Women with creamy shoulders and red lips, baring their teeth at one another in dangerous smiles. Any moment now, one of them would fling her head back and erupt in peals of laughter like a chandelier that has been dropped from the second floor.
Lucy Higgins could not bear the scene, she could hardly abide it! For one terrible moment, she fought the urge to stamp her foot. Yet who had she to blame but herself for letting another perfectly promising evening disappear into the ether?
Perhaps that was the most maddening thing of all.
When it was time for the cake to be served, she felt a bit more composed. Perhaps she would get a piece with a sugar rose on top--this was always something to hope for! As the cake was cut and the pieces placed upon lavender china, Lucy's hand flew to her throat and clutched at her pearls. One could not behold the look of naked longing upon her face without having to turn away.
Finally it was her turn to be served. The piece was crowned with a rose of spun sugar and a tiny hummingbird which hovered in the air! Lucy gasped. In spite of herself, she held out both hands.
Then something unspeakable happened: Blaine Willowby, of the Cork County Willowbys, reached with his stubby fingers and snatched the plate right from beneath her nose!
"Hawhaw," he exclaimed, fairly wriggling with pleasure, "Bad luck, Luce."
Lucy stared at the second piece of cake which was placed into her hands. It was plain. No rosebuds. Just a sensible layer of icing which stretched on forever, as far as the eye could see.
It was more than a girl could be asked to endure.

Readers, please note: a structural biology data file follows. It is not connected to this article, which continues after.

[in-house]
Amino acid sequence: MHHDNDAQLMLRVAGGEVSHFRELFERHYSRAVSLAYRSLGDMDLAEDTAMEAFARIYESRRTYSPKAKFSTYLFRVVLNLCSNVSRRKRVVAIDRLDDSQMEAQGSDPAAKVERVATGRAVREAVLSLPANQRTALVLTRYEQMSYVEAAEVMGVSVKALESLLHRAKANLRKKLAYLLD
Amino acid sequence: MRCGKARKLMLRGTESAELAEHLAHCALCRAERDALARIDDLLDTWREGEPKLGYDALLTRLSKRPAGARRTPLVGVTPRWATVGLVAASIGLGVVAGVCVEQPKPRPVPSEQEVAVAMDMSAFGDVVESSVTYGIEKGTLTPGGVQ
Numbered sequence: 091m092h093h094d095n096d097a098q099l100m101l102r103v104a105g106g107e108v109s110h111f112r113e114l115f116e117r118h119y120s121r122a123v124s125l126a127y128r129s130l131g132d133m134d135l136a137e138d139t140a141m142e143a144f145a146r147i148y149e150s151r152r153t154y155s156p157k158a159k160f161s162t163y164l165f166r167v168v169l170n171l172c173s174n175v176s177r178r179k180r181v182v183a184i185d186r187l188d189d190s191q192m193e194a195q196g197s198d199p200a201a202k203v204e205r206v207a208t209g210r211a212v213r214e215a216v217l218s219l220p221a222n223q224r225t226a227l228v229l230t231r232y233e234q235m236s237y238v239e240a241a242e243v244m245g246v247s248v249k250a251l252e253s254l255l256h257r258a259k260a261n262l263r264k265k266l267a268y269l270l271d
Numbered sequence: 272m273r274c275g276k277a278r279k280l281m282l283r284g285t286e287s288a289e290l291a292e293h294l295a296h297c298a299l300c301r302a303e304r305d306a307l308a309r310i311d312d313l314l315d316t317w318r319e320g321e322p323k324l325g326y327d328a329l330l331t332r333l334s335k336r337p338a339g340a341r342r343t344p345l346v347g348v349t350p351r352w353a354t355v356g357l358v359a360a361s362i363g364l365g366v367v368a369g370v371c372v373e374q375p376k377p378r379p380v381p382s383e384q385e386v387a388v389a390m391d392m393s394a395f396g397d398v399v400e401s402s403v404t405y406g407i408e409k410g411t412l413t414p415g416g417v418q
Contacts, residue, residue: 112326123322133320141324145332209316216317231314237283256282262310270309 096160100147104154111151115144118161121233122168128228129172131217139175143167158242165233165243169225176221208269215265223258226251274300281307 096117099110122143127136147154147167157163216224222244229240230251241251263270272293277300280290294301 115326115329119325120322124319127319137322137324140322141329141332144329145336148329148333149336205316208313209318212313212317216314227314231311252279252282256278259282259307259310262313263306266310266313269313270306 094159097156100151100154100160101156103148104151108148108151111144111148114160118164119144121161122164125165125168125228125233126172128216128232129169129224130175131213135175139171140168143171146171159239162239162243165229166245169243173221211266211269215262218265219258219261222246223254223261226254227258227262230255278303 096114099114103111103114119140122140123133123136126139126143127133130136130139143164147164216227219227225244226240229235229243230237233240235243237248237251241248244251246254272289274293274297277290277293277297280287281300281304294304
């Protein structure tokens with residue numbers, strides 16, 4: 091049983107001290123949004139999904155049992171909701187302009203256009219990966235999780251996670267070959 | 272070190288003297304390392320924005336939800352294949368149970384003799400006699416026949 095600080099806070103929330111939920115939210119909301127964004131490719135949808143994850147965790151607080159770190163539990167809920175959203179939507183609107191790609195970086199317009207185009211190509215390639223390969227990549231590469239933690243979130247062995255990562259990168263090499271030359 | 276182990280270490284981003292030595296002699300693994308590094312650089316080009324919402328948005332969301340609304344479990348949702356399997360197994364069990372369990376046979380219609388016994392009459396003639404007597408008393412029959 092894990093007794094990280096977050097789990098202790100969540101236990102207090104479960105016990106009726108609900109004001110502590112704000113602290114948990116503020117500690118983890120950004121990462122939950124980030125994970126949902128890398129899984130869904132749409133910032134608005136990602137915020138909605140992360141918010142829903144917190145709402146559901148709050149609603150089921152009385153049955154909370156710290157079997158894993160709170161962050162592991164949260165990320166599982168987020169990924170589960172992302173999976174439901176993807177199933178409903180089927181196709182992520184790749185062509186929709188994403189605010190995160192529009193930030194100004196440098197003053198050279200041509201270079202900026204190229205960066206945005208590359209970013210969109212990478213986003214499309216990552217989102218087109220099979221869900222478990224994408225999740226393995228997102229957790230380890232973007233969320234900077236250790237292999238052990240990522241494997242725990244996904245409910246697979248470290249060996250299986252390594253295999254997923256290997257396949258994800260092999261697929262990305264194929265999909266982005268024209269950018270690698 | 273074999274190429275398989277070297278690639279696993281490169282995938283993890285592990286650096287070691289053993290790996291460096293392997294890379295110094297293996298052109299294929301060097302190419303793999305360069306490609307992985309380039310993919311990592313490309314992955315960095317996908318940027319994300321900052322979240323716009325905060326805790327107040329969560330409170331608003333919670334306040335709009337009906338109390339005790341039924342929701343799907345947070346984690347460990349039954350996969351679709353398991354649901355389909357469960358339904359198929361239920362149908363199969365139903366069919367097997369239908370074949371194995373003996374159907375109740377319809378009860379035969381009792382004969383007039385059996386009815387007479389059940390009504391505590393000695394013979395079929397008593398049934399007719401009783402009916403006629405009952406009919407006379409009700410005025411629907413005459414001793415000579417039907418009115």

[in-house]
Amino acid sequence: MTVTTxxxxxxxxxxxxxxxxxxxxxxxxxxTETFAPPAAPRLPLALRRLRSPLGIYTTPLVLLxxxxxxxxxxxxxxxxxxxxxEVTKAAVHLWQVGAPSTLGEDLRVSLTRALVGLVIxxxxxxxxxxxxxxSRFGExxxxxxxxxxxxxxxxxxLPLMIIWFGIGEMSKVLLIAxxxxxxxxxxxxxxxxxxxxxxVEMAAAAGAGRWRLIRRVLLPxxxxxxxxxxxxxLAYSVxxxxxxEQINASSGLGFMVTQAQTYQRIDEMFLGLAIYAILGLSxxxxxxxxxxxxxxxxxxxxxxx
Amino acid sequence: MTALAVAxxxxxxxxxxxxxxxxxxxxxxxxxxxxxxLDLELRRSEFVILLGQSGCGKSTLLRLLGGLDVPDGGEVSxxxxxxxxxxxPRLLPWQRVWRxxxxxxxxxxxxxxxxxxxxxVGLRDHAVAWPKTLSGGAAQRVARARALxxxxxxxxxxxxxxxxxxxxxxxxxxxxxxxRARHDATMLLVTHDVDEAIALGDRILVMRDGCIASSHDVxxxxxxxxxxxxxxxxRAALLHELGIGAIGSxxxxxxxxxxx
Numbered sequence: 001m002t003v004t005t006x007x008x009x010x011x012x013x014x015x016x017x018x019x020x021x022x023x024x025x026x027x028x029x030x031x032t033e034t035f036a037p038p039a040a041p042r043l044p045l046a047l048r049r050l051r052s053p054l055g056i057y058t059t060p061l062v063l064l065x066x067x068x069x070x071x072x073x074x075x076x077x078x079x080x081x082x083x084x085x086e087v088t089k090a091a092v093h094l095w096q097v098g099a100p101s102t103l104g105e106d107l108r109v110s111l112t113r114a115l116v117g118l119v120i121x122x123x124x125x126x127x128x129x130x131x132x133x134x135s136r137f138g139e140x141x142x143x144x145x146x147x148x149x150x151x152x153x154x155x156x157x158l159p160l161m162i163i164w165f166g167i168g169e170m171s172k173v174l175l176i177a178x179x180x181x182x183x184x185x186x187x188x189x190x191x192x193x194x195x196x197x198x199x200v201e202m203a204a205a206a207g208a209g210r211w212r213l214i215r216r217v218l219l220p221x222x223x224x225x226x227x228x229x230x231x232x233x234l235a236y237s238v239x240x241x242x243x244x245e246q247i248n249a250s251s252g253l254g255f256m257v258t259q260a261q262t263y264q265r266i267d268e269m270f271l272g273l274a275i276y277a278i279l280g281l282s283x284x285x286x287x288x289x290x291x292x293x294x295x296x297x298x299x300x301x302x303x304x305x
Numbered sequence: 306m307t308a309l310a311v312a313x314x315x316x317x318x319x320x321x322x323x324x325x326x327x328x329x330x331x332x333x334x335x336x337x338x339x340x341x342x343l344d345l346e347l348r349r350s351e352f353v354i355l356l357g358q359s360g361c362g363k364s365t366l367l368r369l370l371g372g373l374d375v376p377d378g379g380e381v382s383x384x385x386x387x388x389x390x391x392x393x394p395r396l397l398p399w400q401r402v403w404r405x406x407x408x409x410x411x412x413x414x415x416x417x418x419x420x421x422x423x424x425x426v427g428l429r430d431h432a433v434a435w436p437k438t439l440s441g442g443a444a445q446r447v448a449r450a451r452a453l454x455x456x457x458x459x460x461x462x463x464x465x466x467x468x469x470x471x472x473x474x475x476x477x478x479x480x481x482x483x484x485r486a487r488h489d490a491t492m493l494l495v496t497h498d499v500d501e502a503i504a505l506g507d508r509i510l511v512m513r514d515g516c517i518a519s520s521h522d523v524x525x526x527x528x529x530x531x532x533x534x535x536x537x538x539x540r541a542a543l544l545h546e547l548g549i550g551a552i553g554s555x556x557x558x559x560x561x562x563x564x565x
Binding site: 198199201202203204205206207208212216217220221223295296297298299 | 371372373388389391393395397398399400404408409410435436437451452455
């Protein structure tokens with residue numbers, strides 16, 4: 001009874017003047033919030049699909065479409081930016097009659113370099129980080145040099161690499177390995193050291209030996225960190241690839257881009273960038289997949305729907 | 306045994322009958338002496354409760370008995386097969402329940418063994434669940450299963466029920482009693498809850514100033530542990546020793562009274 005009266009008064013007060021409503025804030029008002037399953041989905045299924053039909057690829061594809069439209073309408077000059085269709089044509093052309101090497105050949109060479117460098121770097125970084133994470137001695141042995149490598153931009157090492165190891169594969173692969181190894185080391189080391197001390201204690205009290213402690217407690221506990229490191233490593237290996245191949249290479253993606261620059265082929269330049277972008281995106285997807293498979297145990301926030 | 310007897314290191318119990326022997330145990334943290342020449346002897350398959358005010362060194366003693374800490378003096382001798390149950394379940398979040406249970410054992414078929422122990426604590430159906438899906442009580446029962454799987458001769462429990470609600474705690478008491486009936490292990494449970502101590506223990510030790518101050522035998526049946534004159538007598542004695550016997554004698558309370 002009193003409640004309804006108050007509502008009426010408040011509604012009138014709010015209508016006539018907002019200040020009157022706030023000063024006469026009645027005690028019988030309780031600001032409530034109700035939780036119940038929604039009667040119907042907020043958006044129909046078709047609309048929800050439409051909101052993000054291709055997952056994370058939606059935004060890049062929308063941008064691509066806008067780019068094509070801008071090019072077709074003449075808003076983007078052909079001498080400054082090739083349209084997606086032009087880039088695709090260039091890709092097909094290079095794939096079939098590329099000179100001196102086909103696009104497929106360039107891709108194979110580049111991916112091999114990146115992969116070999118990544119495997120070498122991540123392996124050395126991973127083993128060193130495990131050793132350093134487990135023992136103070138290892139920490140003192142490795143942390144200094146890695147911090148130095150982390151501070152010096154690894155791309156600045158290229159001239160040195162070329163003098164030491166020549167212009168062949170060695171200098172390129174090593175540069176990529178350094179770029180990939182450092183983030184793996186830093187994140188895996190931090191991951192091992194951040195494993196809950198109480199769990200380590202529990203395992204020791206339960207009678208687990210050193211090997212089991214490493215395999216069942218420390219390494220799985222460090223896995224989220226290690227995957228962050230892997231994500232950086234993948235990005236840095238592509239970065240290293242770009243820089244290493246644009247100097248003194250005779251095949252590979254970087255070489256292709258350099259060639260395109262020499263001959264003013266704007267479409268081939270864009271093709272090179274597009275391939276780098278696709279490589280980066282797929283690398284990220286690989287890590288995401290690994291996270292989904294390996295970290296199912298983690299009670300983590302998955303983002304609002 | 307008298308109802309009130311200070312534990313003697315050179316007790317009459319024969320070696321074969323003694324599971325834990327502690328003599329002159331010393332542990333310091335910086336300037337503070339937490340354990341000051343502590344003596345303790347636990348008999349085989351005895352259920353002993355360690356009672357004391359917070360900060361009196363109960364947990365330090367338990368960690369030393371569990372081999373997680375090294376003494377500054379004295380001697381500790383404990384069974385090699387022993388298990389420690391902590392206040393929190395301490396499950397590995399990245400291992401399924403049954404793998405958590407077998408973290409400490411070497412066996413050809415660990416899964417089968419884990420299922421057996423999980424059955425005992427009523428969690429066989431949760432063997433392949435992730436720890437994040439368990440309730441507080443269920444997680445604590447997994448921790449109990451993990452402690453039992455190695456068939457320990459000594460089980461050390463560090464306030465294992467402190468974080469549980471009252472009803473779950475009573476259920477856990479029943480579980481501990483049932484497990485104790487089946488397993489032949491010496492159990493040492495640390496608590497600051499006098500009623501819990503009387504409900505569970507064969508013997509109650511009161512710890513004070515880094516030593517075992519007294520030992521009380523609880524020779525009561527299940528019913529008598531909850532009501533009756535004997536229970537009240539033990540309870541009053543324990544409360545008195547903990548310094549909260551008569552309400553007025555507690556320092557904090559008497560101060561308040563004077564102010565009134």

Lucy Higgins shut her eyes. She was breathing heavily and the look of storm clouds gathered upon her face. Blaine Willowby, that stubby-fingered crown jewel of the Cork County Willowbys, was about to reap the whirlwind.
"I beg your pardon," said a voice.
A tall, dark stranger stood before her, holding out a piece of cake. The cake was adorned with a meadow, a brook, and a tree. Beneath the tree was a patchwork quilt and upon the quilt was a perfectly miniature picnic. There was a basket of cherries, a good, crusty bread, several cheeses, a bit of lox, a custard with sprinkles, and a crystal decanter of lemonade.
Lucy took a step closer. Was it her imagination, or did she feel the warmth of the sun upon her face?
"I couldn't help but notice," continued the stranger, "Perhaps you might be happier with my piece of cake...?"
A fox peeped out from a blackberry bush in the meadow. The brook babbled merrily on. A lark dipped and flew overhead.
Lucy Higgins could not know how long she stood gazing upon the scene. But anyone could see, by the look on her face, exactly what it was she wanted.
Dear reader, happy Monday! Another giveaway and I am in a rush, as Caroline may saw her cello in half if I don't hurry downstairs to help her. Please leave a comment and I'll return to announce a winner on Friday!